THROW LIKE A GIRL: Southern Food of the North



by Deborah

I wasted the first 30 or so years of my life thinking that it made no sense to combine the chicken with the waffle. After all, these very two discreet items sit uncomfortably next to each other on the plate, with no seeming desire to mingle, right? Why put something with a bone on top of something that usually serves as the core of a breakfast dessert, right? Wrong.


My eyes were opened by Marvin, a restaurant kind of in the south, but appealing to the northern gentrifiers of northwest DC. Much like the chicken and waffles dish itself, this restaurant combines two seemingly unrelated things (Belgian and Southern food) into something that seems to work (as another girl, aka “bitch” can attest). I could go on about Marvin Gaye as the namesake of the restaurant, the neighborhood, and all the symbolism surrounding the restaurant as connected to today’s key dish, but I’ll leave that to your imagination. I’ll focus on just one thing: both of these things are Northern perceptions of the South. On a recent trip to rural Kentucky, the locals emphatically denounced any regional connection to the dish, even while claiming a much grosser sounding food made out of squirrels and with the unfortunate name of Burgoo. Turns out, there’s not really any part of the south that lays claim to chicken and waffles. NPR, a great resource for all things south, confirmed this for me. And, in Boston, the upscale southern places are multiplying that love to serve this dish and its cousins to all the Yankees (see exhibit A, my first northern-southern experience).

But, back to me. I have learned this: Maple syrup can work magic. It ties everything together. Chicken and waffles, with your own added syrup, is divine.

This knowledge came in handy when esteemed Footballz co-host TD Sidell graced me and EPK (for those of you not in the know, think FOOTBALLZ) with an all-day sports watching binge (let’s just say that sport was football). Despite his seeming intelligence and grace  on his weekly broadcasts, the version of TD heading to our house wanted to bring over Banquet chicken. What, what? And, despite the fact that frozen, boxed, fried chicken is obviously only stocked for last-minute moments of desperation and sadness, TD actually told us this in advance. Days in advance. Which gave me plenty of time to spring into action and maintain our home’s culinary standards. Which leads us to…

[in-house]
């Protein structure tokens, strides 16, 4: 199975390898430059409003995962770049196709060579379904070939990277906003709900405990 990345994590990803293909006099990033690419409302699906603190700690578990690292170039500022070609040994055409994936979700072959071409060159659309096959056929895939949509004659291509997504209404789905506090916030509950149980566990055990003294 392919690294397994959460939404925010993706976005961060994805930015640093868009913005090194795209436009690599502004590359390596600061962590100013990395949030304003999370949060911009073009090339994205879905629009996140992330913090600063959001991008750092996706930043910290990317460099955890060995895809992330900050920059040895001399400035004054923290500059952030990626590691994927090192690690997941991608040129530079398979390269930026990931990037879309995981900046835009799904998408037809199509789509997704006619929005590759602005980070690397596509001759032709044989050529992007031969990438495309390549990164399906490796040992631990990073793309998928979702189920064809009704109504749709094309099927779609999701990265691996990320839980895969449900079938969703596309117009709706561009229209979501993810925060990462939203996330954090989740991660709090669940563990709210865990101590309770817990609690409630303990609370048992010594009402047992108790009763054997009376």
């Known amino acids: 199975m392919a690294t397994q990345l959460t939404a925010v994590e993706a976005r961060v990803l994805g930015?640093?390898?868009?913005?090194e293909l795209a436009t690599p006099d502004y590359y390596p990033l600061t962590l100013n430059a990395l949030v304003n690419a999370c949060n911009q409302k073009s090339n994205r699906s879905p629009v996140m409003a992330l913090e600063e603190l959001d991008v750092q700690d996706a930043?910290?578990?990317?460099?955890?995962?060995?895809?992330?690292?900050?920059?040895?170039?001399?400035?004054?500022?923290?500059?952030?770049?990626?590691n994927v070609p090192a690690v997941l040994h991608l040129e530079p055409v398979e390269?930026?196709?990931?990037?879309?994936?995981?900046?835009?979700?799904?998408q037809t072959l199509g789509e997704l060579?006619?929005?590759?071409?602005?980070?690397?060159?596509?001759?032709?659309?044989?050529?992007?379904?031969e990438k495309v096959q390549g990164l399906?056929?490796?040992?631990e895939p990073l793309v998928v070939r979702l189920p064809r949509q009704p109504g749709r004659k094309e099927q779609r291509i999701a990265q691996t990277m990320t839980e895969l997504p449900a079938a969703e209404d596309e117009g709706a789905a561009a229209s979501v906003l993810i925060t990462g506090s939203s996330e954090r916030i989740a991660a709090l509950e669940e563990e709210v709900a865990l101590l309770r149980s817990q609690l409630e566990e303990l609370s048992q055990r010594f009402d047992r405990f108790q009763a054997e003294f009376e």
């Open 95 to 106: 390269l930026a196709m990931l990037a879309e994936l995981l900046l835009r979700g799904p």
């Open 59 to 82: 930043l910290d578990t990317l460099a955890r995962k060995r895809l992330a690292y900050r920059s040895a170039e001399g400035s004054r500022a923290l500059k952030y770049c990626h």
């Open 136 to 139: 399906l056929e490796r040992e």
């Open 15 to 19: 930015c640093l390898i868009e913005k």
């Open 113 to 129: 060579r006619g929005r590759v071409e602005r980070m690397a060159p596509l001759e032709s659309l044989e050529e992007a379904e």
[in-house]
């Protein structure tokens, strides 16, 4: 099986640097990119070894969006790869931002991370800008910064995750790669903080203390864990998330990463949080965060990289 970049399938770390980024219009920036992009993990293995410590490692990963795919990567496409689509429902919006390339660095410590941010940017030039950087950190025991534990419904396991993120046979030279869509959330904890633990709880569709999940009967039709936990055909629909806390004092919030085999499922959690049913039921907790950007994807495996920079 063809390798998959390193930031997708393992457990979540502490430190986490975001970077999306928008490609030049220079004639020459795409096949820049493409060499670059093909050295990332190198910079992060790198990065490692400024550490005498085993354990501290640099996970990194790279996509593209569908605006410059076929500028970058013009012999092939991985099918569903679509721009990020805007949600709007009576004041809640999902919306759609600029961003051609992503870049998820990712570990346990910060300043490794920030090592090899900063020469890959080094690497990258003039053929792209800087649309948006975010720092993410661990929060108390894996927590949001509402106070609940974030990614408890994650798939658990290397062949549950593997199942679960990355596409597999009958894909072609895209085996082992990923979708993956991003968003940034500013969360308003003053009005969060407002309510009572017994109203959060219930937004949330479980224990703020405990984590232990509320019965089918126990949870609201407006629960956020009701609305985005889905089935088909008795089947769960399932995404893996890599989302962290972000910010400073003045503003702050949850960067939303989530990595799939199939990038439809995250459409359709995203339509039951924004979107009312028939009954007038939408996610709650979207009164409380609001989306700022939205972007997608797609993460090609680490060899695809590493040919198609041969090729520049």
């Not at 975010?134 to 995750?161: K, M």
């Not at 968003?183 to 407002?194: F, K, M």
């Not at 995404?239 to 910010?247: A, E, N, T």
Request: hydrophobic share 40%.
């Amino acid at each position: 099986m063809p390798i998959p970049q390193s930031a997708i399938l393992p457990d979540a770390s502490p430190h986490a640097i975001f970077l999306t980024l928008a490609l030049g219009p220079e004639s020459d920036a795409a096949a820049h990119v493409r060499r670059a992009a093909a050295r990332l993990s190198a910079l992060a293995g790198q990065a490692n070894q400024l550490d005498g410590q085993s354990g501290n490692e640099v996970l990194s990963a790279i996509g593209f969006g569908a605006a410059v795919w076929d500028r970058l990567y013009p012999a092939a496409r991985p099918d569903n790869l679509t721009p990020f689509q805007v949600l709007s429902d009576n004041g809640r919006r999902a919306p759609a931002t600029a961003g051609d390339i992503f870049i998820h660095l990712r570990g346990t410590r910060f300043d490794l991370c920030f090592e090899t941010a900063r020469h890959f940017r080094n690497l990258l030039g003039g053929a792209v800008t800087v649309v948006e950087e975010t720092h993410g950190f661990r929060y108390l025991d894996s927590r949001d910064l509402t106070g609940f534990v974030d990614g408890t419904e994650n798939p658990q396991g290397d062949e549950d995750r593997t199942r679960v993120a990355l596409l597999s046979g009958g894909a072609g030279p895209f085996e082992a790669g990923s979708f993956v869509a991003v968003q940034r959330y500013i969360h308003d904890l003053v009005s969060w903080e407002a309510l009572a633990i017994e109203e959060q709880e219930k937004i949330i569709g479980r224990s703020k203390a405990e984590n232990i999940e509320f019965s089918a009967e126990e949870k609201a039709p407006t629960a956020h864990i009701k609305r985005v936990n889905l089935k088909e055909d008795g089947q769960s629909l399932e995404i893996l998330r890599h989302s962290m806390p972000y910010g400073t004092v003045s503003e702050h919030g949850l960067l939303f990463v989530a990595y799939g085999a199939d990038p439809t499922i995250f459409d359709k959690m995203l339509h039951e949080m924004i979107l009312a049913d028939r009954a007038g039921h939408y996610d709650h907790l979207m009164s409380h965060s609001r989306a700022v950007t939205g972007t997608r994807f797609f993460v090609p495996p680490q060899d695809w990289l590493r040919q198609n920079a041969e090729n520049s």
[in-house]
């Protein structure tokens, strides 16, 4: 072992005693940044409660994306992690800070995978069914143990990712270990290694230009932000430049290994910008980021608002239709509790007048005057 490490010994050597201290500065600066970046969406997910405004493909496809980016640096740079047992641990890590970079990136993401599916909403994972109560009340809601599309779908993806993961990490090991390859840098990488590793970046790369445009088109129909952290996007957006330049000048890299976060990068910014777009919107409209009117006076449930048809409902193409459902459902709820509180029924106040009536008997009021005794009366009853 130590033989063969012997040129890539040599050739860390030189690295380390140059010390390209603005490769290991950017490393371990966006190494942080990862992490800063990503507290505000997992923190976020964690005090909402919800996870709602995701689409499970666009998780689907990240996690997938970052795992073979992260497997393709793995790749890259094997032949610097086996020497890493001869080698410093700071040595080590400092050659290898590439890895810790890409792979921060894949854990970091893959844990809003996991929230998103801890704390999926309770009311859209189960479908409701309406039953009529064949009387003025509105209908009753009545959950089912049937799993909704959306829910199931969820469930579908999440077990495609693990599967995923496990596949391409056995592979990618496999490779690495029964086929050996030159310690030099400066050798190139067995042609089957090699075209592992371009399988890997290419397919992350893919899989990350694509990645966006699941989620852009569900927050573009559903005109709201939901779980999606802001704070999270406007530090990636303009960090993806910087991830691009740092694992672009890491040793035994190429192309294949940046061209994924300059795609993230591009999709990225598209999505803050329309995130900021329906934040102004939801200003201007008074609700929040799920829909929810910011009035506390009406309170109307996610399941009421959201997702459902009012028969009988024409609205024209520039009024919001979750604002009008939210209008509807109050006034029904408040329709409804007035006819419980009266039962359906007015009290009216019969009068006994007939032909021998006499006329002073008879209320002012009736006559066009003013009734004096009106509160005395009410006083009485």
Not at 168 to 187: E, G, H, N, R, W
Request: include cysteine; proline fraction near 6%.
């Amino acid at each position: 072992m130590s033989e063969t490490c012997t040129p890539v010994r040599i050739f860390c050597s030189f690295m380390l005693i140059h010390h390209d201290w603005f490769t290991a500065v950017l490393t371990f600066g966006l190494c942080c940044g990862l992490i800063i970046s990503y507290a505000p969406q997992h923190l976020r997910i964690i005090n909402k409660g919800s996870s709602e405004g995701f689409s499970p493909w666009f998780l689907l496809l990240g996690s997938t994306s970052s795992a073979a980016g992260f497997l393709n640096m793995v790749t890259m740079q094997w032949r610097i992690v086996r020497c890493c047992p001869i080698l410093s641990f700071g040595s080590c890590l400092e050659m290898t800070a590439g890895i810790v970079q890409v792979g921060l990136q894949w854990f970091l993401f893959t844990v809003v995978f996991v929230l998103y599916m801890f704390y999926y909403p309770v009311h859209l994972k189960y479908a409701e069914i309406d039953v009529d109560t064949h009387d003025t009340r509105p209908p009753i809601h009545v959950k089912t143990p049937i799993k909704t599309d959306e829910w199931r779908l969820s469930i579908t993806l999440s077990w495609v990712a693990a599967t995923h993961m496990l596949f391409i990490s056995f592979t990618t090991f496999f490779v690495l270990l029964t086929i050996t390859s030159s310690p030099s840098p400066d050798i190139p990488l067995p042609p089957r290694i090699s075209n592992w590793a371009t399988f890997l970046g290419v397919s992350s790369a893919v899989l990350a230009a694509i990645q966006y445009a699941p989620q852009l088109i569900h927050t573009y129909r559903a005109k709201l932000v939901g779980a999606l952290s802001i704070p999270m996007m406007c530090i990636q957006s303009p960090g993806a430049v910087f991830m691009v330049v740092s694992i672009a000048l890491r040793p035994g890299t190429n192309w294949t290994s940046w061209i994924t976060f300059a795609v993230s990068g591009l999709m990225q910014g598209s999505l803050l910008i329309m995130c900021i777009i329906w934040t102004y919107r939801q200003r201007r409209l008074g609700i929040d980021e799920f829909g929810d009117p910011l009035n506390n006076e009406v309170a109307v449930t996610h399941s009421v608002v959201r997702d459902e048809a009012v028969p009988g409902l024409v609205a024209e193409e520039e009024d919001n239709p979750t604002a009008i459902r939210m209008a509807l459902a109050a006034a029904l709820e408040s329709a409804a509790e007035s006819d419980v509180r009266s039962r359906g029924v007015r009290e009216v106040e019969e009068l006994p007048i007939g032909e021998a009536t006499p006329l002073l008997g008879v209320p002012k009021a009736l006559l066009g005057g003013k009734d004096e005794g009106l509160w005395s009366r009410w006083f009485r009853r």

Making the food of the week — There are three basic components of making delicious chicken and waffles. 1) Chicken; 2) Waffles; 3) Maple Syrup (this part is pronounced silently). Got it?

1) Fried Chicken. This is one of those places that Epicurious is not the answer. It has a snobby appeal that I usually appreciate, but that’s no good for simple, greasy, comfort food. So AllRecipes it is. I don’t know enough to adjust the recipe, so I’ll just give a few tips based on my one success and one failure in making fried chicken:

  • Soak the chicken in the buttermilk mix for a long time. Overnight. This is nice for the juiciness.
  • Don’t try to deep fry chunks of meat in a dorm room on a cheap hot plate. It just might end up luke warm and soggy. Not the goal here.
  • Dark meat. Please. No problem that there is a bone here, I trust your eating skills. You might think that light meat is better, but that just makes you a stupid American. Drumsticks and thighs are always the best, but this is especially true paired with the waffle.
  • Be ready to eat it as soon as it’s done, because old fried food is yuck.

2) Waffles. Don’t be stupid, only use the waffle part of this recipe. Although, in other circumstances the rest of the recipe is super tasty too, but more for a girl’s brunch than a manly, smelly sport-watching day. The key to the waffle is that it be hefty enough to support a sizable portion of chicken. That’s why I go belgian. It also continues the Marvin inspiration. And now, thoughts on waffles:

  • Follow this recipe straight up – no need to adjust. Easy.
  • Much like frying chicken needs a stove that actually gets hot, waffles require their own special equipment.  I have recently learned that the waffle iron doesn’t need to have a handle. In a pinch, oven mitts or burnt finger tips will do.
  • I haven’t tried adding chicken to the best waffles in the world, but if you want chicken and waffles while you’re in Seattle (shout out TD! Please don’t use Banquet here!), try topping them off with BringYourOwnChicken.

3) Maple syrup. This isn’t hard. Just use a lot, all over. Until your plate, fingers, mouth, and chin are all sticky. Then add a bit more.

I think that’s enough. There’s your latest football food. With West Coast, 10am, games in mind. But good anytime.

Comments are closed.